Start: 17 February 2023
End: 25 February 2023


Rua Marquês de Sapucaí - Santo Cristo, Rio de Janeiro - RJ, 20220-007, Brazil

GPS: -22.911451141769, -43.196803380456

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World capital of the carnival, the city of Rio de Janeiro is the artistic reference for parades, balls, festivals, parties and street parades. Rio Carnival has not only African origins (dances and percussion such as the samba) but also European ones. Initially, this event is a Portuguese festival called the entrudo. It has its roots in the imperial festivals of antiquity (such as the Saturnalia, Lupercalia and Bacchanalia in the Roman Empire or the Kronia and Dionysia in ancient Greece). Carnival games (considered by many at the time to be crude) and large puppets enliven this popular festival in the main Brazilian urban centres. In the Christian calendar, these festivities precede the period of Lent (a 40-day fasting) with abundance. Its participants take advantage of this to eat and drink profusely until Ash Wednesday (corresponding to the first day of Lent for the faithful).

In the 19th century, it was at the Paris Carnival that the concepts of moving parades, costumes, masquerades and masked balls were imported from France by the Carioca bourgeoisie and then gradually adapted to the Rio carnival.

Carnival celebrations do not only take place in Rio de Janeiro but also in the vast majority of Brazilian cities. However Rio remains the epicentre of the country’s festivities because of the numerous samba schools that compete in a great carnival show.

More than 300 neighbourhood groups, clubs or schools parade through the streets of Rio de Janeiro (each group organizes its own carnival with balls and concerts). Numerous events (blocos and batucadas parades) precede the Rio carnival up to three weeks before the official date. The event itself is held during the five days preceding Ash Wednesday.

Every year, after months of preparation, the samba schools of Rio de Janeiro challenge each other for the title of Rio Carnival champion. Each of them chooses a particular theme to stand out from the others in the hope of winning the competition. They have to be imaginative, talented and creative (in the choice of music, dances, costumes, props, floats, fireworks, special effects…) to offer the most beautiful of shows. The best schools have the privilege of performing in the Sambadrome Marquês de Sapucaí (an open-air avenue lined with bleachers) while the others take to the streets of the city in a fiery atmosphere.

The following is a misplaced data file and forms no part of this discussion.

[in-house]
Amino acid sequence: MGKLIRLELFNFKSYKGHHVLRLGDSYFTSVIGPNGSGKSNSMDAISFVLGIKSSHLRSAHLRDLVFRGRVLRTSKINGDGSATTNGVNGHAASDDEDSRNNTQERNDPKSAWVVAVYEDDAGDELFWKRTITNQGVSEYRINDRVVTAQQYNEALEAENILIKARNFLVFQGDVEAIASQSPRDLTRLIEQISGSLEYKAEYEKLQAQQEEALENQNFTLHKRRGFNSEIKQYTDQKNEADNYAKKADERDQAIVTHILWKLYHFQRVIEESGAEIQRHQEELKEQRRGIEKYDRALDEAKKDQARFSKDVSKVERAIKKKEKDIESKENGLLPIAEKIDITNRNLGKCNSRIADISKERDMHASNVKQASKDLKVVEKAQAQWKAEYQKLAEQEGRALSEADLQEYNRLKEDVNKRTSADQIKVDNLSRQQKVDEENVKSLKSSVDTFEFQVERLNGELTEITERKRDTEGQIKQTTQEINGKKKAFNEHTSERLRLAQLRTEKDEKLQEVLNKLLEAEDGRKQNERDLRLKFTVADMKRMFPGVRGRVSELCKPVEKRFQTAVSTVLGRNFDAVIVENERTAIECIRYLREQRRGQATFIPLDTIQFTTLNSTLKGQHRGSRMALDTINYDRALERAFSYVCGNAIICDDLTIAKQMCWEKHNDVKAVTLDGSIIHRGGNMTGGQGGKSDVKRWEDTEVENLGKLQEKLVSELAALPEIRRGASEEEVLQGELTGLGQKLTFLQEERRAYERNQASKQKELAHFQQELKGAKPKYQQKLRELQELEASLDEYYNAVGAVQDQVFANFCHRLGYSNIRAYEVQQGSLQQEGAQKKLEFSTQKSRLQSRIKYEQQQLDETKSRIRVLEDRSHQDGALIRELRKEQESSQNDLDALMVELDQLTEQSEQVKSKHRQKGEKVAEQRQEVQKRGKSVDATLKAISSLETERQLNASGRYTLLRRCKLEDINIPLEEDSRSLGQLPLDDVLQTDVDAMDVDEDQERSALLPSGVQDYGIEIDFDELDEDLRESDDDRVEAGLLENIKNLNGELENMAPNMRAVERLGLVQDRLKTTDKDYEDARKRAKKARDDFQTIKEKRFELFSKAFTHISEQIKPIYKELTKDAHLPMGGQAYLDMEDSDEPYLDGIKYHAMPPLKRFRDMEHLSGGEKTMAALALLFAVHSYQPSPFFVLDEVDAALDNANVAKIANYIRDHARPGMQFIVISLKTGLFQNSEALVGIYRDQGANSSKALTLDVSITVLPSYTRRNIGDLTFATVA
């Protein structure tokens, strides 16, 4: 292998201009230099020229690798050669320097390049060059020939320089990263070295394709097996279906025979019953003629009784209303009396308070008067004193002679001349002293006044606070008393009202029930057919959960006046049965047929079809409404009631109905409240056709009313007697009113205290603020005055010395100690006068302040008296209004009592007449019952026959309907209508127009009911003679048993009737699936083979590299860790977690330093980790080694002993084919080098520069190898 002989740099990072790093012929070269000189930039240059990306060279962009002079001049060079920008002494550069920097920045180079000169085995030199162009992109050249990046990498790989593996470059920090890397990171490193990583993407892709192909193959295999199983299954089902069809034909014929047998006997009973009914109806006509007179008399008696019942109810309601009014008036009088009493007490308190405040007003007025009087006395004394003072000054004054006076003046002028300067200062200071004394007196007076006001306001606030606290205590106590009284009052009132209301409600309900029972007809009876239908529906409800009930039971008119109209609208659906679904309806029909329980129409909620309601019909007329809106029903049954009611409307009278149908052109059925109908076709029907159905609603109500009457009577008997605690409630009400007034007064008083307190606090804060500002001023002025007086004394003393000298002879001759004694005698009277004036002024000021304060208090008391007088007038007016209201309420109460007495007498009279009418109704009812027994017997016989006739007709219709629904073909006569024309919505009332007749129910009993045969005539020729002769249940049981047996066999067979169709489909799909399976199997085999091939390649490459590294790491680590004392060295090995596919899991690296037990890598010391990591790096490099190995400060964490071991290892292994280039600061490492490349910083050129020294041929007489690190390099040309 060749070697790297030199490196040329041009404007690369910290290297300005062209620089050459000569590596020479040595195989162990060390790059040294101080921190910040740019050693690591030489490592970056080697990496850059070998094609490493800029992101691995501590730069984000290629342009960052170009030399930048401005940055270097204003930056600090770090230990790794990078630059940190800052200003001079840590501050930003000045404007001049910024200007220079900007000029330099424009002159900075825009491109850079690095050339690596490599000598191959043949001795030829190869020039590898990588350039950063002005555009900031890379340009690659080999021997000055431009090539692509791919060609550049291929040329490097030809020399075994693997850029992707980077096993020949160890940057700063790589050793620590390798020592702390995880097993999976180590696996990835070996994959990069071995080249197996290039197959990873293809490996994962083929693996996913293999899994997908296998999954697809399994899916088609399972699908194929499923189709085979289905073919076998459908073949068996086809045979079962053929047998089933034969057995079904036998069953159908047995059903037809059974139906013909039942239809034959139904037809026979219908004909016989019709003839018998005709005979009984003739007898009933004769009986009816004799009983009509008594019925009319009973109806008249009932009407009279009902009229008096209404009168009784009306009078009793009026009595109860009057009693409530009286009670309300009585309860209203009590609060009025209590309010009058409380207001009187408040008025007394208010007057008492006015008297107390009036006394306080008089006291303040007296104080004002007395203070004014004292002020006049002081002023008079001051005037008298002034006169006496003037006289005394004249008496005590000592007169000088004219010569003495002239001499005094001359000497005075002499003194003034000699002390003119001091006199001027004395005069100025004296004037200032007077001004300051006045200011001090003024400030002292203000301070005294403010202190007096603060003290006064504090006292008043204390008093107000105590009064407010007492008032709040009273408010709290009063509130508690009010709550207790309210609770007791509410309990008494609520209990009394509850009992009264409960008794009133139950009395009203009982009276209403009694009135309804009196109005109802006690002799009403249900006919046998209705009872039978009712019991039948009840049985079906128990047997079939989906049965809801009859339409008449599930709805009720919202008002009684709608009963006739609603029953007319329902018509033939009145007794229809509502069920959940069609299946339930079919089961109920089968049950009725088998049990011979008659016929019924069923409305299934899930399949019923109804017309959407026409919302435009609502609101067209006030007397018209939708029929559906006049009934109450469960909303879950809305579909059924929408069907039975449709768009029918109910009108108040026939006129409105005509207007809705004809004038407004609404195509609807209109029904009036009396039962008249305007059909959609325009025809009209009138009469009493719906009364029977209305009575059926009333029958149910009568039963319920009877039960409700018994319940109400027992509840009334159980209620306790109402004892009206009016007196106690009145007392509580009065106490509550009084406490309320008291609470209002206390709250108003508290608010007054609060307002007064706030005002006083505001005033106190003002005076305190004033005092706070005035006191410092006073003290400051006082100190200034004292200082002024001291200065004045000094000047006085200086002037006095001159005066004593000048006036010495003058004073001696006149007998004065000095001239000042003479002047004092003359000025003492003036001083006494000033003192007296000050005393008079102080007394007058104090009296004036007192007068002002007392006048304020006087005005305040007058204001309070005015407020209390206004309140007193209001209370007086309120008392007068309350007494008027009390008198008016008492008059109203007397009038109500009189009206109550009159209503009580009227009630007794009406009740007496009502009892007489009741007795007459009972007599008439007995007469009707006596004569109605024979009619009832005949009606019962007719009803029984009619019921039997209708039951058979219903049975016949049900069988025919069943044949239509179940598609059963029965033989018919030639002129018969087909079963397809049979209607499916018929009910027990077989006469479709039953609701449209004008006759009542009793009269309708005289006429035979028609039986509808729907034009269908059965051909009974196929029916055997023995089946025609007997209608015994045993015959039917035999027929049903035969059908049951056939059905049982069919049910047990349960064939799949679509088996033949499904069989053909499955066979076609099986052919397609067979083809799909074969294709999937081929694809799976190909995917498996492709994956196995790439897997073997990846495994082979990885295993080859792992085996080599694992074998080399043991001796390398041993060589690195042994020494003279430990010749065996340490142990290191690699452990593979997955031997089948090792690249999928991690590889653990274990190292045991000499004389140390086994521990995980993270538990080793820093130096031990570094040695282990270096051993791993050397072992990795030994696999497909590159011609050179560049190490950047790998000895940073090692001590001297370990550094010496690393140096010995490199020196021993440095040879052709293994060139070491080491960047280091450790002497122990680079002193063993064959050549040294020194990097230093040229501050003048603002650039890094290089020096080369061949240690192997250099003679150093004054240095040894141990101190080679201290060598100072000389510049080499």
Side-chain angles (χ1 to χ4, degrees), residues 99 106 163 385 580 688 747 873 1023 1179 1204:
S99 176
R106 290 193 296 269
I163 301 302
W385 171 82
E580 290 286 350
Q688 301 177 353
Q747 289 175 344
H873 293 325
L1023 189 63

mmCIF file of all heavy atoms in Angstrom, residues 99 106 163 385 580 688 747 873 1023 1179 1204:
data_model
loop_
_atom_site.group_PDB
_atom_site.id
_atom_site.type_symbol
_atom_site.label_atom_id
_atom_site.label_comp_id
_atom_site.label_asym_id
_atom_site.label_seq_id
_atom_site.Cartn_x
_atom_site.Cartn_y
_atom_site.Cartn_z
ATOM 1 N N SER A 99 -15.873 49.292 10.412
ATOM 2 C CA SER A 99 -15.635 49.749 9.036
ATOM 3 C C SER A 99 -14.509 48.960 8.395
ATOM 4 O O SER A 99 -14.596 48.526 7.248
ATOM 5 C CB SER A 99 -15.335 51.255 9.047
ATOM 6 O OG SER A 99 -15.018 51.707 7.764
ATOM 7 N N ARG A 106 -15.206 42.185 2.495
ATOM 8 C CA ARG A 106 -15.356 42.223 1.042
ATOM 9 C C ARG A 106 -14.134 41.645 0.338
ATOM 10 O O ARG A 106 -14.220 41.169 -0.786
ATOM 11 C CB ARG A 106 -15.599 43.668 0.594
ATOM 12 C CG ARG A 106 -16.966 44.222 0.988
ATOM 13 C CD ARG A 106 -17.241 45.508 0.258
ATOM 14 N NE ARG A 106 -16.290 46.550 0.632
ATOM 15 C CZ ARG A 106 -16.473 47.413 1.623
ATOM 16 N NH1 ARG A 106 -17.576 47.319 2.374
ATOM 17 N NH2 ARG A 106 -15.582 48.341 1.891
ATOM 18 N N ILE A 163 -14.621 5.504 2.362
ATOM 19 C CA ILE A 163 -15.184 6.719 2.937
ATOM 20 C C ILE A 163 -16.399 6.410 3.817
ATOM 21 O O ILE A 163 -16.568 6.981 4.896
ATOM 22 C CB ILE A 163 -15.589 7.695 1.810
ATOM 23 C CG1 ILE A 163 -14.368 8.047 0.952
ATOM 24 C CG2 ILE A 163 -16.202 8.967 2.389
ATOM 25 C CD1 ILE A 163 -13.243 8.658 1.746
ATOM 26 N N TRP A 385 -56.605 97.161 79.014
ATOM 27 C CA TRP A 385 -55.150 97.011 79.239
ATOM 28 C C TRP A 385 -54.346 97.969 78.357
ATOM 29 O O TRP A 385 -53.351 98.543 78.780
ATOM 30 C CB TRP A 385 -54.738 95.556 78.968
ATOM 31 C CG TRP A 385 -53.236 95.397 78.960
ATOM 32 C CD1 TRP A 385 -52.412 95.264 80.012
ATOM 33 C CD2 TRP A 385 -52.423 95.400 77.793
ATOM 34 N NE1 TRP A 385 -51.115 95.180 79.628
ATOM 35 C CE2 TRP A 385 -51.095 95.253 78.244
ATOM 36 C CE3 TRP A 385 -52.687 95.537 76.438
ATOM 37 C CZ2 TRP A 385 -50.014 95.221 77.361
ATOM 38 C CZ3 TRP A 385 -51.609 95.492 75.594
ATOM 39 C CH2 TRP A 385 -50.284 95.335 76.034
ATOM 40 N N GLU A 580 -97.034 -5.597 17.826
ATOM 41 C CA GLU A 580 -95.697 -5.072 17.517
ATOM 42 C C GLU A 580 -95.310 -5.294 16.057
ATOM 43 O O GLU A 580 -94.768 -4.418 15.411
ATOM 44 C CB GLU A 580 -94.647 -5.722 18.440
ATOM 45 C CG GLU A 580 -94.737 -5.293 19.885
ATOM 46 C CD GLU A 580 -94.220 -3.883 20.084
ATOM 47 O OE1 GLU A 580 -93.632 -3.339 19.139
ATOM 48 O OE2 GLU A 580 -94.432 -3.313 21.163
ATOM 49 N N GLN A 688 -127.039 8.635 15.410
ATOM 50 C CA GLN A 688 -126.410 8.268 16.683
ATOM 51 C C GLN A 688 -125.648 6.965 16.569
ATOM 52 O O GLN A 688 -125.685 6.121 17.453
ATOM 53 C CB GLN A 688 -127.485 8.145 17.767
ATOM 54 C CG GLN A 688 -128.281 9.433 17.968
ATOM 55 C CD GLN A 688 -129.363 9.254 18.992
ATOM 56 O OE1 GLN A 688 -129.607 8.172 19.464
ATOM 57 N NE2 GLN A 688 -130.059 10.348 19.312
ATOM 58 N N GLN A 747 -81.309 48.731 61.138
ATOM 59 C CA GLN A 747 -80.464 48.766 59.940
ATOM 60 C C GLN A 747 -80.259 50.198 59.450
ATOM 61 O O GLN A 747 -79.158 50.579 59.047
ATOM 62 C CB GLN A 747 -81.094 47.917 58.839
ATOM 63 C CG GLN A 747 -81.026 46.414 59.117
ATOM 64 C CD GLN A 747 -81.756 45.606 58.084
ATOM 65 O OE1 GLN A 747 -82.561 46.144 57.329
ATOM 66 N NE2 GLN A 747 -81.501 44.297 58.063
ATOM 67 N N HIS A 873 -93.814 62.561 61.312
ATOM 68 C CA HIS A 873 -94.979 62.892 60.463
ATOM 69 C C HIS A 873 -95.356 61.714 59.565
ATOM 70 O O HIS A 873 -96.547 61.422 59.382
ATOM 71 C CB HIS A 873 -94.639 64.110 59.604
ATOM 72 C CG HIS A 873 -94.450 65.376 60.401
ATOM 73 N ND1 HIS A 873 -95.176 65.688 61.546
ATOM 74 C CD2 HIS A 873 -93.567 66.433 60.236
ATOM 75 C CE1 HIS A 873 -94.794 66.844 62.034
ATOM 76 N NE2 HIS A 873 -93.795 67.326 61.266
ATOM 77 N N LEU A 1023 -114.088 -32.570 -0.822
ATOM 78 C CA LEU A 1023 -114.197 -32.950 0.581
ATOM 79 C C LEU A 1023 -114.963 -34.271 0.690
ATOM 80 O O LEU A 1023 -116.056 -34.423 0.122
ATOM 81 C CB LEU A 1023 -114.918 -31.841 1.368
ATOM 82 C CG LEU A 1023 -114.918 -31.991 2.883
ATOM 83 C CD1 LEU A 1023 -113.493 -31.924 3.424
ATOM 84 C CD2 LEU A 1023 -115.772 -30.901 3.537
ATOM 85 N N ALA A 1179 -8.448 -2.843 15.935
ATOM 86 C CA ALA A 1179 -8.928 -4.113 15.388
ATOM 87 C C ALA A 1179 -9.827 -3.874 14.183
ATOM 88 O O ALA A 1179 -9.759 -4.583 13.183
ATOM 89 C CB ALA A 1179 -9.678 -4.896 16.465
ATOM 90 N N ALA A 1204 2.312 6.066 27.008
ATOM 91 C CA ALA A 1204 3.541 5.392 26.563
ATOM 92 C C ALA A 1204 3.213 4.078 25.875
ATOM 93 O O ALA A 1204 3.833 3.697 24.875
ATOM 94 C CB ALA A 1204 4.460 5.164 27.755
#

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  • The extravagant parade of sambas schools and the delirious processions of floats
  • The fantastic performances of the dancers (Passistas), singers (Puxadores) and drummers (Baterias)
  • The numerous street animations by the blocos and the music played by the bandas (orchestras)
  • The atmosphere of general jubilation
  • The balls held in the various clubs of the city
  • A character called Rei Momo is given the keys to the “Cidade Maravilhosa” (the wonderful city) by the mayor just before the festivities begin.
  • Rio Carnival parades are also an opportunity for various organizing groups to convey political messages or denounce injustices in the country.
  • A total of 40 judges are responsible for scoring the performances of the different samba schools in order to decide between them on the basis of ten criteria (4 different judges per criterion). A prize and money are given to the school that is designated the carnival champion (this money is generally used to prepare the next edition of the carnival).
  • Before Carnival took its current form, the most practiced dances were the waltz and the polka. The samba, a music and dance created by descendants of black slaves, was only introduced in 1917 with the success it is known for.
  • The streets where the carnival is held are generally closed to cars and motorized traffic.
  • Wearing a costume or disguise is not mandatory but highly recommended to blend in with the crowd.
  • Samba schools give the opportunity to parade with them or organize dance classes upon reservation.
  • Paqueta Island, located in Guanabara Bay, offers an atypical setting for celebrating the carnival off the coast of Rio de Janeiro. It is accessible by ferry from the Praça XV pier (allow 1 hour for the crossing).
  • The street demonstrations (blocos) are free and open to the public. Some vendors sell food and sweets during the parades, including the famous brigadeiros (chocolate dessert that look like truffles).
  • Access to the Sambadrome Marquês de Sapucaí is subject to a fee (prices vary according to the location of the seats and the programme of shows).

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